$L [ v ( x , t ) ] + f ( x , t ) = 0$
over the interval $i ≤ x , t ≤ j .$
Any arbitrary weight function $σ ( x , t )$ would be multiplied with Equation (21). We can get the following relation after integrating over the interval $[ i , j ]$
$∫ i j ∫ i j σ ( x , t ) ( L [ v ( x , t ) ] + f ( x , t ) ) d x d t = 0 .$
Due to the arbitrary weight function, Equations (21) and (22) are equivalent.
Let the trial solution for Equation (21) be written as
$u ( x , t ) = ξ 0 ( x , t ) + ∑ p = 1 m ∑ q = 1 m K p q ξ p q ( x , t ) .$
The residual equation could be written in the following form by replacing $v ( x , t )$ with $u ( x , t )$ on the left-hand side of Equation (21):
$R ( x , t ) = L [ u ( x , t ) ] + f ( x , t ) .$
For some choices of weight functions, the integral of the residual will be zero to construct $u ( x , t )$. It means that, in this manner, the function $u ( x , t )$ satisfies Equation (22) partially as
$∫ i j ∫ i j f ( x , t ) + σ ( x , t ) L [ u ( x , t ) ] d x d t = 0 .$

#### 4.2. Satisfier Function

In the Ritz–Galerkin method, with two-dimensional Genocchi polynomials, the approximate solution $u ( x , t )$ for Equations (1) and (4) is denoted as $u ˜ ( x , t )$. Hence, we have
$u ˜ ( x , t ) = ∑ p = 0 M ∑ q = 0 M K p q ω p q ( x , t ) + ζ ( x , t ) , ( x , t ) ∈ [ 0 , L ] × [ 0 , T ] ,$
where $ω p q ( x , t ) = x ( x - L ) t 2 G p ( x ) G q ( t )$ and the satisfier function is represented by $ζ ( x , t )$. It is worth noting that the satisfier function satisfies all the initial and boundary conditions. While using the Ritz–Galerkin method, the most important point to be noted is to find the satisfier function:
$u ( x , 0 ) = f 0 ( t ) , 0 ≤ x ≤ L , u t ( η , 0 ) = f 1 ( x ) , 0 ≤ x ≤ L , u ( 0 , t ) = g 0 ( t ) , 0 ≤ t ≤ T , u ( L , t ) = g 1 ( t ) , 0 ≤ t ≤ T .$
We have the following compatibility conditions where the function $f 0 ( x ) ,$$f 1 ( x ) ,$$g 0 ( t ) ,$ and $g 1 ( t )$ satisfies as
$f 0 ( 0 ) = g 0 ( 0 ) , f 0 ( L ) = g 1 ( 0 ) , f 1 ( 0 ) = g 0 ′ ( 0 ) , f 0 ( L ) = g 1 ′ ( 0 ) .$

#### 4.3. Transformation of Nonhomogeneous Initial and Boundary Conditions into Homogeneous Conditions

Let
$u ( x , t ) = ϖ ( x , t ) + φ ( x , t ) ,$
where
$φ ( x , t ) = ( 1 - x L ) g 0 ( t ) + x L g 1 ( t ) .$
The homogeneous boundary conditions for the function $ϖ ( x , t )$ will be written as the following to satisfy the given problem
$ϖ ( x , 0 ) = F 0 ( x ) , 0 ≤ x ≤ L , ϖ t ( x , 0 ) = F 1 ( x ) , 0 ≤ x ≤ L , ϖ ( 0 , t ) = 0 , 0 ≤ t ≤ T , ϖ ( L , t ) = 0 , 0 ≤ t ≤ T .$
We have
$F 0 ( x ) = f 0 ( x ) - φ ( x , 0 ) , F 1 ( x ) = f 1 ( x ) - φ t ( x , 0 ) .$
The following compatibility conditions can be derived from Equation (31)
$F 0 ( 0 ) = F 0 ( L ) = F 1 ( 0 ) = F 1 ( L ) = 0 .$
Hence, $R ( x , t ) = F 0 ( x ) + t F 1 ( x )$ satisfies the conditions given in Equation (31) and finally, for Equation (27), we introduce the satisfier function as
$ζ ( x , t ) = R ( x , t ) + φ ( x , t ) .$
Furthermore, the coefficients $K p q$ in Equation (26) can be calculated by using the equations given as
$< F ( u ˜ ) , G p ( x ) G q ( t ) > = 0 ,$
where
$F ( u ) = ∂ α u ( x , t ) ∂ t α + ∂ u ( x , t ) ∂ t - ∂ 2 u ( x , t ) ∂ x 2 - A ( x , t ) ,$
and
$< F ( u ˜ ) , G p ( x ) G q ( t ) > = ∫ 0 L ∫ 0 T F ( u ˜ ) G p ( x ) G q ( t ) d t d x ,$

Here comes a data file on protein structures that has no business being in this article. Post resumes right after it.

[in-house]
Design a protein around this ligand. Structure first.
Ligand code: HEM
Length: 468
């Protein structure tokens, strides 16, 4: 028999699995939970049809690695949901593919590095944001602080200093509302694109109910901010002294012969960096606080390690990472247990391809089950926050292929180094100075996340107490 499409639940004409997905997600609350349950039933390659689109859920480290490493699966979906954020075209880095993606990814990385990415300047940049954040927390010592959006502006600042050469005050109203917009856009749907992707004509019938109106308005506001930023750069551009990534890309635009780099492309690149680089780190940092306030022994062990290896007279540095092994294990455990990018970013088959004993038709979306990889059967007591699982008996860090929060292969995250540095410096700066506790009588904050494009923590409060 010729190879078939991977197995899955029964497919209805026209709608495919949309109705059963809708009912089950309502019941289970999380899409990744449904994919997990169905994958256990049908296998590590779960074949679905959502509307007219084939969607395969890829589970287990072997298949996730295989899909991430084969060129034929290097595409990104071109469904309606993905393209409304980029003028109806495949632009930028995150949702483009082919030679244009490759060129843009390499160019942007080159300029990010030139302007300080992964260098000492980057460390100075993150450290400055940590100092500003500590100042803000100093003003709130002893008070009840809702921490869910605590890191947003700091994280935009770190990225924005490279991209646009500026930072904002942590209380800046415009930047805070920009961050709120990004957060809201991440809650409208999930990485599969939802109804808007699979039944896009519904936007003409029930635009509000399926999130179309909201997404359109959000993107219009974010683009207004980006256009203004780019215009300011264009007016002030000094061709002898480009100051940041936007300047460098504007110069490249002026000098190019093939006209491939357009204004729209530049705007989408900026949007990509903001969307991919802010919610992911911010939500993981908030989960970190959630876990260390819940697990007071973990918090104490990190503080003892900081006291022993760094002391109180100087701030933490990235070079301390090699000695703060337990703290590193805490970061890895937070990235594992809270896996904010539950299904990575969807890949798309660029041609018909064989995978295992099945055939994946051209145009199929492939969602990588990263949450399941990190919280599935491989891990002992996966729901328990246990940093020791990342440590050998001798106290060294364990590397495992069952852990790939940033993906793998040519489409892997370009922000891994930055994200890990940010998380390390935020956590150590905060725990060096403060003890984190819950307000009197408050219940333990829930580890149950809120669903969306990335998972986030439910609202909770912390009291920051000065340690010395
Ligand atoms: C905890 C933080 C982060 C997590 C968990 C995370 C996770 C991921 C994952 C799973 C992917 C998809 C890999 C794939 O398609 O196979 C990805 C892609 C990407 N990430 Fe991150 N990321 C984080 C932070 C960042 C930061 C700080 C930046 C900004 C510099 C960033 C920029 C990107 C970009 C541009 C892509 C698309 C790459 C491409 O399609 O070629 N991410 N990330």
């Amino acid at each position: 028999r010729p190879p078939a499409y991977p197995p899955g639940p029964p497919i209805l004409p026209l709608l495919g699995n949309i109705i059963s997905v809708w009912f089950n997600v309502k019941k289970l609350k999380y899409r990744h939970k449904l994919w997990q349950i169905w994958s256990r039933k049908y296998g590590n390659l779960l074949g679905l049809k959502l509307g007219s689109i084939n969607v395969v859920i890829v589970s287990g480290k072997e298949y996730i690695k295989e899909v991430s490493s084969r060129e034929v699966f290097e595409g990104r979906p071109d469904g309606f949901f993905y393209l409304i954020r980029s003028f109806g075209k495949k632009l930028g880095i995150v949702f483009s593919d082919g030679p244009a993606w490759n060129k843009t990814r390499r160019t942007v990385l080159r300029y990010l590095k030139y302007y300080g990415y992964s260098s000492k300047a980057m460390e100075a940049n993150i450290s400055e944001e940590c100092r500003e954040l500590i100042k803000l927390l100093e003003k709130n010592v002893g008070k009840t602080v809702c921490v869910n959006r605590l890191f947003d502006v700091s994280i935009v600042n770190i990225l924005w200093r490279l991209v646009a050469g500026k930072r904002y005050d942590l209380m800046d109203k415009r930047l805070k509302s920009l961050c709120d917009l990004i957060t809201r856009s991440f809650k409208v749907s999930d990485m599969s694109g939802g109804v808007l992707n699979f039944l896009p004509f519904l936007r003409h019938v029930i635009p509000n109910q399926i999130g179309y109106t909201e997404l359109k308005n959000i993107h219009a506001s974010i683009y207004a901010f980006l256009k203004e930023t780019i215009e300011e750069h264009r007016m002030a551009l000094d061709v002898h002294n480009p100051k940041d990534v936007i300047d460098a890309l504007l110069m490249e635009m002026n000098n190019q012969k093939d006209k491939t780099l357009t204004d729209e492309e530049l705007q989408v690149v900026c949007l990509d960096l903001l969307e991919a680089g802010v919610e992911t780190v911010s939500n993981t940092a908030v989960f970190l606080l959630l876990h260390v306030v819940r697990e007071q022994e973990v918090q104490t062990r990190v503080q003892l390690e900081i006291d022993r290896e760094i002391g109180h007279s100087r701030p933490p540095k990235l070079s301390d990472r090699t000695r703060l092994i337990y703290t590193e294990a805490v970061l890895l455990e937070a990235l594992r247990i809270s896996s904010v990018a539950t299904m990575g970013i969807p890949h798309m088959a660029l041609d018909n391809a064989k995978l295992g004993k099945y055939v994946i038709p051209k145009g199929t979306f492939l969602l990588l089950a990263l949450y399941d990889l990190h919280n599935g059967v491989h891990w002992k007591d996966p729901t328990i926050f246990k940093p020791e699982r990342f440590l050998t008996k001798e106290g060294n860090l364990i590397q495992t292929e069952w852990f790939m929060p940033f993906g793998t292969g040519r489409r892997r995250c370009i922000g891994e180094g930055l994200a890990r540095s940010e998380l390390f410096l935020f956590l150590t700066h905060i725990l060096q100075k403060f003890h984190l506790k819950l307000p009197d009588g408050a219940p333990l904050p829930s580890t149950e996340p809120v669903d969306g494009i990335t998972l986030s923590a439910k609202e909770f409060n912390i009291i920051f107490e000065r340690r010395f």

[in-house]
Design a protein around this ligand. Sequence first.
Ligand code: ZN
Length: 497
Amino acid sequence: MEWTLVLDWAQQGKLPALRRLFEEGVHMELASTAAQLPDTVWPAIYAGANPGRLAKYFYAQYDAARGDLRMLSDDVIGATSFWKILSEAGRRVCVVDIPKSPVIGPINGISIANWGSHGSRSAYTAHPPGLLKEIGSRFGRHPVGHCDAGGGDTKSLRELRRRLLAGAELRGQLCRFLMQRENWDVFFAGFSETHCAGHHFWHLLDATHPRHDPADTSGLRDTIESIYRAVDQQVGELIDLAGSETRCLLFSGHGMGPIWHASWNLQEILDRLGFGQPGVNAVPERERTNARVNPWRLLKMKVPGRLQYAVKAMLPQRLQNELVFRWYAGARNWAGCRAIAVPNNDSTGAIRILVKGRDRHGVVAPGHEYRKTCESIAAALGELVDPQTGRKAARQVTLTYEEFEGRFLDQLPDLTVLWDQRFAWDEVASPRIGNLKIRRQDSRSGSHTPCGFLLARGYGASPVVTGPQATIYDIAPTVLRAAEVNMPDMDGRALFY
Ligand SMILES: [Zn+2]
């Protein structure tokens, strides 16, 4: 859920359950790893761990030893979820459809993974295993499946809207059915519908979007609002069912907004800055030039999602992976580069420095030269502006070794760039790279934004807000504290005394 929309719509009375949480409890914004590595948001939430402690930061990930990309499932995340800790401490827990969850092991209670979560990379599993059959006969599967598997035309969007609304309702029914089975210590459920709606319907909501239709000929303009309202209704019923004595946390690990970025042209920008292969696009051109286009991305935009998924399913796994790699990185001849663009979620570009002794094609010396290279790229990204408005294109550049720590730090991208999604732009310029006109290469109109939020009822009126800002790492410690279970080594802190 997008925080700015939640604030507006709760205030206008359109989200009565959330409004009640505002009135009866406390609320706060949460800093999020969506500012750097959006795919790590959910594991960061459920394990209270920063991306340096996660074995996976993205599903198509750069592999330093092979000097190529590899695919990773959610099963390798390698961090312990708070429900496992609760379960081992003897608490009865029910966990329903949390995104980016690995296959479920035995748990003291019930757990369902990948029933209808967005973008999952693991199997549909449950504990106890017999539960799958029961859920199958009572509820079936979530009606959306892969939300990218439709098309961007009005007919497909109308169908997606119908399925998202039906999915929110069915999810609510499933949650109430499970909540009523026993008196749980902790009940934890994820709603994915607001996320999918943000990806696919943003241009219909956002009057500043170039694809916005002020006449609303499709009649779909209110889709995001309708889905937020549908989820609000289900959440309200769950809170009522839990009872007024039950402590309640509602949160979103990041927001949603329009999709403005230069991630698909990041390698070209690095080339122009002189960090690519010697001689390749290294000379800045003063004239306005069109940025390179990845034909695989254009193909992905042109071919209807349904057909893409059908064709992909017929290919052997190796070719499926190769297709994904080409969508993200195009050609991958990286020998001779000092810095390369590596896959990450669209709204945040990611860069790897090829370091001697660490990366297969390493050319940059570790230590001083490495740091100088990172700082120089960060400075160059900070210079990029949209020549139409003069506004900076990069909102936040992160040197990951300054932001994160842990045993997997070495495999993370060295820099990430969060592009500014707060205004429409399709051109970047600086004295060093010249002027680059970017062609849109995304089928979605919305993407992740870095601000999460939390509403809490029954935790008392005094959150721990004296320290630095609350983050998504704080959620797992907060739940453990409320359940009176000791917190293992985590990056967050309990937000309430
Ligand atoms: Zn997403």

where $G p$ and $G q$ are the Genocchi polynomials. A linear system of equations can be formed by using Equation (34), which can be solved for the entries of $K p q$ where $p = 1 , . . . , M , q = 1 , . . . , M .$

## 5. Error Bound

Theorem 1.
Let $u m ( x , t )$ be the best approximation of the enough smooth function $u ( x , t )$ by the use of Genocchi polynomials. Then, the error bound can be given as
$∥ E u ( x , t ) ∥ ∞ ≤ 1 M ! G M 2 U M , M ,$
where $G M$ and $U M , M$ denote the maximum value of $G M ( x )$ and $U M , M ( x , t )$ in the interval $[ 0 , 1 ] × [ 0 , 1 ] ,$ respectively.
Proof.
The proof is followed through Theorem 4.2 in [17]. ☐
Lemma 1.
Supposing that $f ( t ) ∈ C n + 1 [ 0 , 1 ]$ and $Y = span { G 1 ( t ) , G 2 ( t ) , . . . , G N ( t ) }$, if $C T G ( t )$ is the best approximation of $f ( t )$ out of Y, then
$∥ f ( t ) - C T G ( t ) ∥ ≤ h 2 n + 3 2 R ( n + 1 ) ! 2 n + 3 , t ∈ [ t i , t i + 1 ] , ⊆ [ 0 , 1 ] ,$
where $R = m a x | f ( n + 1 ) ( t ) |$ and $h = t i + 1 - t i$.
Proof.
See Section 3.2 in [18]. ☐
Theorem 2.
Assume that $u M , M ( x , t ) ∈ C n , n ( I × I )$ and let $X = span { G 1 ( x ) , ⋯ , G M ( x ) }$ and $X ′ = s p a n { G 1 ( t ) , ⋯ , G K ( t ) }$. Since X and $X ′$ are the finite dimensional subspaces of $L 2 [ 0 , 1 ]$ , then there exists $u M , M m ( x , t ) = X × X ′$ as the best unique approximation by means of Genocchi polynomials:
$∥ u M , M ( x , t ) - u M , M m ( x , t ) ∥ 2 ≤ 2 M γ ( H x + H t ) ( p + 2 ) ( p + 1 ) ! ( 2 p + 3 ) ( 2 p + 4 ) .$
Proof.
We define
$u ( x * , t * ) = ∑ r = 0 p + 1 ( p + 1 ) ! r ! ( p + 1 - r ) ! ∂ p + 1 f ∂ x r ∂ t p + 1 - r ( h x ) r ( h t ) p + 1 .$
If all the partial derivatives of $u ( x , t )$ of order $p + 1$ are bounded in magnitude by $M γ$, then, by using the Taylor’s expansion of two variables as follows,
$∣ u M , M ( x , t ) - u M , M m ( x , t ) ∣ ≈ ∣ u ( x * , t * ) - u M , M m ( x * , t * ) ∣ = 1 ( p + 1 ) ! ∣ u n + 1 ( x * , t * ) ∣ = 1 ( p + 1 ) ! ∣ ∑ r = 0 p + 1 ( p + 1 ) ! r ! ( p + 1 - r ) ! ∂ p + 1 f ∂ x r ∂ t p + 1 - r ( h x ) r ( h t ) p + 1 ∣ = M γ ( p + 1 ) ! ( | h x | + | h t | ) p + 1 ,$
where